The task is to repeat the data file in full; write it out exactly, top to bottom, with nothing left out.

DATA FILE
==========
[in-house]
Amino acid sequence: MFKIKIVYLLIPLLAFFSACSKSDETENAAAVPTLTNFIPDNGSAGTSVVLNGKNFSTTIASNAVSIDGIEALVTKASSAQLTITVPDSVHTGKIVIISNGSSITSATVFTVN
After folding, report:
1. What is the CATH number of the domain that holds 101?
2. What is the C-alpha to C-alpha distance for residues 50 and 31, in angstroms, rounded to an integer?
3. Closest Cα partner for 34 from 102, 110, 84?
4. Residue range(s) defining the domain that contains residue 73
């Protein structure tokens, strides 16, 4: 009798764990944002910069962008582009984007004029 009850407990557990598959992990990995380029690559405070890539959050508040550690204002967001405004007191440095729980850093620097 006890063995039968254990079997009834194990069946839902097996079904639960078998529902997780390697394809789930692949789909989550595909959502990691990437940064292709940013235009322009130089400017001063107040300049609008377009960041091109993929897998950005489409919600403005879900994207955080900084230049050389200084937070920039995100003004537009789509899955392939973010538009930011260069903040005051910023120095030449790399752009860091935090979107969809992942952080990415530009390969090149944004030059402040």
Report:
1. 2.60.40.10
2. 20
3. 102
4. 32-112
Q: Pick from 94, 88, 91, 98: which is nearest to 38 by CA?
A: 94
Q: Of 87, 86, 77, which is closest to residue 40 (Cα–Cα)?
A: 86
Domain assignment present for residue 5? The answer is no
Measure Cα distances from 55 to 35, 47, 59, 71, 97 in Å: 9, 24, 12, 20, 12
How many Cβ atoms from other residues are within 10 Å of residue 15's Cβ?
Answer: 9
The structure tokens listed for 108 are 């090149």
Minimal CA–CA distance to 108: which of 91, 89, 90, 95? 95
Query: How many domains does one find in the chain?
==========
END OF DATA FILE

[in-house]
Amino acid sequence: MFKIKIVYLLIPLLAFFSACSKSDETENAAAVPTLTNFIPDNGSAGTSVVLNGKNFSTTIASNAVSIDGIEALVTKASSAQLTITVPDSVHTGKIVIISNGSSITSATVFTVN
After folding, report:
1. What is the CATH number of the domain that holds 101?
2. What is the C-alpha to C-alpha distance for residues 50 and 31, in angstroms, rounded to an integer?
3. Closest Cα partner for 34 from 102, 110, 84?
4. Residue range(s) defining the domain that contains residue 73
């Protein structure tokens, strides 16, 4: 009798764990944002910069962008582009984007004029 009850407990557990598959992990990995380029690559405070890539959050508040550690204002967001405004007191440095729980850093620097 006890063995039968254990079997009834194990069946839902097996079904639960078998529902997780390697394809789930692949789909989550595909959502990691990437940064292709940013235009322009130089400017001063107040300049609008377009960041091109993929897998950005489409919600403005879900994207955080900084230049050389200084937070920039995100003004537009789509899955392939973010538009930011260069903040005051910023120095030449790399752009860091935090979107969809992942952080990415530009390969090149944004030059402040």
Report:
1. 2.60.40.10
2. 20
3. 102
4. 32-112
Q: Pick from 94, 88, 91, 98: which is nearest to 38 by CA?
A: 94
Q: Of 87, 86, 77, which is closest to residue 40 (Cα–Cα)?
A: 86
Domain assignment present for residue 5? The answer is no
Measure Cα distances from 55 to 35, 47, 59, 71, 97 in Å: 9, 24, 12, 20, 12
How many Cβ atoms from other residues are within 10 Å of residue 15's Cβ?
Answer: 9
The structure tokens listed for 108 are 């090149």
Minimal CA–CA distance to 108: which of 91, 89, 90, 95? 95
Query: How many domains does one find in the chain?